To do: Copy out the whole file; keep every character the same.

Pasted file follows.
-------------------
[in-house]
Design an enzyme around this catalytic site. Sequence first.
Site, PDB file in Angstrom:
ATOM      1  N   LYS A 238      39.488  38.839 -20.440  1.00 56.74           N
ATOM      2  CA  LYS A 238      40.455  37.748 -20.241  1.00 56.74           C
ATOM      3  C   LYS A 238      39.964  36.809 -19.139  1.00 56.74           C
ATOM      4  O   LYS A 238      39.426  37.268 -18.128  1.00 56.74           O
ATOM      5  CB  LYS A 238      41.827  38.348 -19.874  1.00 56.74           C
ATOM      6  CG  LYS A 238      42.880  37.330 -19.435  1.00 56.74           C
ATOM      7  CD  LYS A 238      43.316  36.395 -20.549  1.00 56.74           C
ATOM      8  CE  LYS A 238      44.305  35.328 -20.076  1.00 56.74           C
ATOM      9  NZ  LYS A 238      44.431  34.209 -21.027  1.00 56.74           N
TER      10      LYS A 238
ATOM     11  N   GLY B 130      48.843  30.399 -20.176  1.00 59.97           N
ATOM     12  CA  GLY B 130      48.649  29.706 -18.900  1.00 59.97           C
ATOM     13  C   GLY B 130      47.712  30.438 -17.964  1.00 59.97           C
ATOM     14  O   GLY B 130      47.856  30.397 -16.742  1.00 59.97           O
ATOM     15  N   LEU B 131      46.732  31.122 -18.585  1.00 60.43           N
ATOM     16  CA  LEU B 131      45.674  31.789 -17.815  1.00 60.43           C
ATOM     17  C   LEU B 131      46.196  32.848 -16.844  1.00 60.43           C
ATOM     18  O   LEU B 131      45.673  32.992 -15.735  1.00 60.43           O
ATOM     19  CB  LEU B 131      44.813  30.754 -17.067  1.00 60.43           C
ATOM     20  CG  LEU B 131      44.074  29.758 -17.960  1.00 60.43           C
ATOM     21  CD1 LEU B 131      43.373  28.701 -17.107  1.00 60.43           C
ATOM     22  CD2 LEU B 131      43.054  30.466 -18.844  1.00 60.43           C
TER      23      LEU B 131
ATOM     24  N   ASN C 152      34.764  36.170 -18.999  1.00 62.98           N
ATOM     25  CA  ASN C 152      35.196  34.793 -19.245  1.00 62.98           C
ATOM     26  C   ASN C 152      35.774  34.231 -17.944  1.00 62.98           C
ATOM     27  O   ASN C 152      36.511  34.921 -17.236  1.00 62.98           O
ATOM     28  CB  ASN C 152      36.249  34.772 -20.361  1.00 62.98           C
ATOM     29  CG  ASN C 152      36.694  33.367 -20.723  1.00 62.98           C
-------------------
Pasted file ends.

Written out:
[in-house]
Design an enzyme around this catalytic site. Sequence first.
Site, PDB file in Angstrom:
ATOM      1  N   LYS A 238      39.488  38.839 -20.440  1.00 56.74           N
ATOM      2  CA  LYS A 238      40.455  37.748 -20.241  1.00 56.74           C
ATOM      3  C   LYS A 238      39.964  36.809 -19.139  1.00 56.74           C
ATOM      4  O   LYS A 238      39.426  37.268 -18.128  1.00 56.74           O
ATOM      5  CB  LYS A 238      41.827  38.348 -19.874  1.00 56.74           C
ATOM      6  CG  LYS A 238      42.880  37.330 -19.435  1.00 56.74           C
ATOM      7  CD  LYS A 238      43.316  36.395 -20.549  1.00 56.74           C
ATOM      8  CE  LYS A 238      44.305  35.328 -20.076  1.00 56.74           C
ATOM      9  NZ  LYS A 238      44.431  34.209 -21.027  1.00 56.74           N
TER      10      LYS A 238
ATOM     11  N   GLY B 130      48.843  30.399 -20.176  1.00 59.97           N
ATOM     12  CA  GLY B 130      48.649  29.706 -18.900  1.00 59.97           C
ATOM     13  C   GLY B 130      47.712  30.438 -17.964  1.00 59.97           C
ATOM     14  O   GLY B 130      47.856  30.397 -16.742  1.00 59.97           O
ATOM     15  N   LEU B 131      46.732  31.122 -18.585  1.00 60.43           N
ATOM     16  CA  LEU B 131      45.674  31.789 -17.815  1.00 60.43           C
ATOM     17  C   LEU B 131      46.196  32.848 -16.844  1.00 60.43           C
ATOM     18  O   LEU B 131      45.673  32.992 -15.735  1.00 60.43           O
ATOM     19  CB  LEU B 131      44.813  30.754 -17.067  1.00 60.43           C
ATOM     20  CG  LEU B 131      44.074  29.758 -17.960  1.00 60.43           C
ATOM     21  CD1 LEU B 131      43.373  28.701 -17.107  1.00 60.43           C
ATOM     22  CD2 LEU B 131      43.054  30.466 -18.844  1.00 60.43           C
TER      23      LEU B 131
ATOM     24  N   ASN C 152      34.764  36.170 -18.999  1.00 62.98           N
ATOM     25  CA  ASN C 152      35.196  34.793 -19.245  1.00 62.98           C
ATOM     26  C   ASN C 152      35.774  34.231 -17.944  1.00 62.98           C
ATOM     27  O   ASN C 152      36.511  34.921 -17.236  1.00 62.98           O
ATOM     28  CB  ASN C 152      36.249  34.772 -20.361  1.00 62.98           C
ATOM     29  CG  ASN C 152      36.694  33.367 -20.723  1.00 62.98           C